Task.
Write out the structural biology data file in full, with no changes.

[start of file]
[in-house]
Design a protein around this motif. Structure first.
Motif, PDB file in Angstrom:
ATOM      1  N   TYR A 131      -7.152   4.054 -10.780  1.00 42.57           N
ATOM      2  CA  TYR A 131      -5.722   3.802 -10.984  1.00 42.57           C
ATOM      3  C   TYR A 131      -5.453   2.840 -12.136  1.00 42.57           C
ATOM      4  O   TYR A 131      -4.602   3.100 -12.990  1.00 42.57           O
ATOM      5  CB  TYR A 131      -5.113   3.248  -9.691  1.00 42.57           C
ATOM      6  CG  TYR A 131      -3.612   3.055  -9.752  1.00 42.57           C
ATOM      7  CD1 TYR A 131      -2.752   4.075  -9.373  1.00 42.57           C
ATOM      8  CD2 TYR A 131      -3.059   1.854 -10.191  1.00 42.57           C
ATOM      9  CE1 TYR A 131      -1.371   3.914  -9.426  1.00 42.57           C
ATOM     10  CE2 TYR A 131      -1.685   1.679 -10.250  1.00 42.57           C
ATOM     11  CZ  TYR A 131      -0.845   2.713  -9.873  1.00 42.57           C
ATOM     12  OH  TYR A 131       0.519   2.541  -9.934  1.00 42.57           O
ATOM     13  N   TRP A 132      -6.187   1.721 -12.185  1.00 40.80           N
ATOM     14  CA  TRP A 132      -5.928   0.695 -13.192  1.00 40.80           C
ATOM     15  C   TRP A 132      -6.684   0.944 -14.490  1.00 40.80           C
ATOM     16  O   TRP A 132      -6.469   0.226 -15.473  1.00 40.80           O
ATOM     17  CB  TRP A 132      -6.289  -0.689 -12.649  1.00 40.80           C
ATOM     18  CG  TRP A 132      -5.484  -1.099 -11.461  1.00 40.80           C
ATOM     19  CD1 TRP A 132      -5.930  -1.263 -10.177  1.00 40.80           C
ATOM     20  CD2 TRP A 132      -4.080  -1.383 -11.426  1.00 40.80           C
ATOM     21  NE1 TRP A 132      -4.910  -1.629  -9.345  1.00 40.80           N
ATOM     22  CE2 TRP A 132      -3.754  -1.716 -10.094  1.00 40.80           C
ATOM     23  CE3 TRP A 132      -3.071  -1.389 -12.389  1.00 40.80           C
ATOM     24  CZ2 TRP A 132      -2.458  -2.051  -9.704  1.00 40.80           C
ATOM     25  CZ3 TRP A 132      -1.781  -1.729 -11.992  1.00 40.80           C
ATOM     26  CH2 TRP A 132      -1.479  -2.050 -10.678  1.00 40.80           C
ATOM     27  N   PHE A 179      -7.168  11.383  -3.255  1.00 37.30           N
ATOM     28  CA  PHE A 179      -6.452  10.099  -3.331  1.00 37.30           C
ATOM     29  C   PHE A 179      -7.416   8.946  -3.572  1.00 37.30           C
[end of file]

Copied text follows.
[in-house]
Design a protein around this motif. Structure first.
Motif, PDB file in Angstrom:
ATOM      1  N   TYR A 131      -7.152   4.054 -10.780  1.00 42.57           N
ATOM      2  CA  TYR A 131      -5.722   3.802 -10.984  1.00 42.57           C
ATOM      3  C   TYR A 131      -5.453   2.840 -12.136  1.00 42.57           C
ATOM      4  O   TYR A 131      -4.602   3.100 -12.990  1.00 42.57           O
ATOM      5  CB  TYR A 131      -5.113   3.248  -9.691  1.00 42.57           C
ATOM      6  CG  TYR A 131      -3.612   3.055  -9.752  1.00 42.57           C
ATOM      7  CD1 TYR A 131      -2.752   4.075  -9.373  1.00 42.57           C
ATOM      8  CD2 TYR A 131      -3.059   1.854 -10.191  1.00 42.57           C
ATOM      9  CE1 TYR A 131      -1.371   3.914  -9.426  1.00 42.57           C
ATOM     10  CE2 TYR A 131      -1.685   1.679 -10.250  1.00 42.57           C
ATOM     11  CZ  TYR A 131      -0.845   2.713  -9.873  1.00 42.57           C
ATOM     12  OH  TYR A 131       0.519   2.541  -9.934  1.00 42.57           O
ATOM     13  N   TRP A 132      -6.187   1.721 -12.185  1.00 40.80           N
ATOM     14  CA  TRP A 132      -5.928   0.695 -13.192  1.00 40.80           C
ATOM     15  C   TRP A 132      -6.684   0.944 -14.490  1.00 40.80           C
ATOM     16  O   TRP A 132      -6.469   0.226 -15.473  1.00 40.80           O
ATOM     17  CB  TRP A 132      -6.289  -0.689 -12.649  1.00 40.80           C
ATOM     18  CG  TRP A 132      -5.484  -1.099 -11.461  1.00 40.80           C
ATOM     19  CD1 TRP A 132      -5.930  -1.263 -10.177  1.00 40.80           C
ATOM     20  CD2 TRP A 132      -4.080  -1.383 -11.426  1.00 40.80           C
ATOM     21  NE1 TRP A 132      -4.910  -1.629  -9.345  1.00 40.80           N
ATOM     22  CE2 TRP A 132      -3.754  -1.716 -10.094  1.00 40.80           C
ATOM     23  CE3 TRP A 132      -3.071  -1.389 -12.389  1.00 40.80           C
ATOM     24  CZ2 TRP A 132      -2.458  -2.051  -9.704  1.00 40.80           C
ATOM     25  CZ3 TRP A 132      -1.781  -1.729 -11.992  1.00 40.80           C
ATOM     26  CH2 TRP A 132      -1.479  -2.050 -10.678  1.00 40.80           C
ATOM     27  N   PHE A 179      -7.168  11.383  -3.255  1.00 37.30           N
ATOM     28  CA  PHE A 179      -6.452  10.099  -3.331  1.00 37.30           C
ATOM     29  C   PHE A 179      -7.416   8.946  -3.572  1.00 37.30           C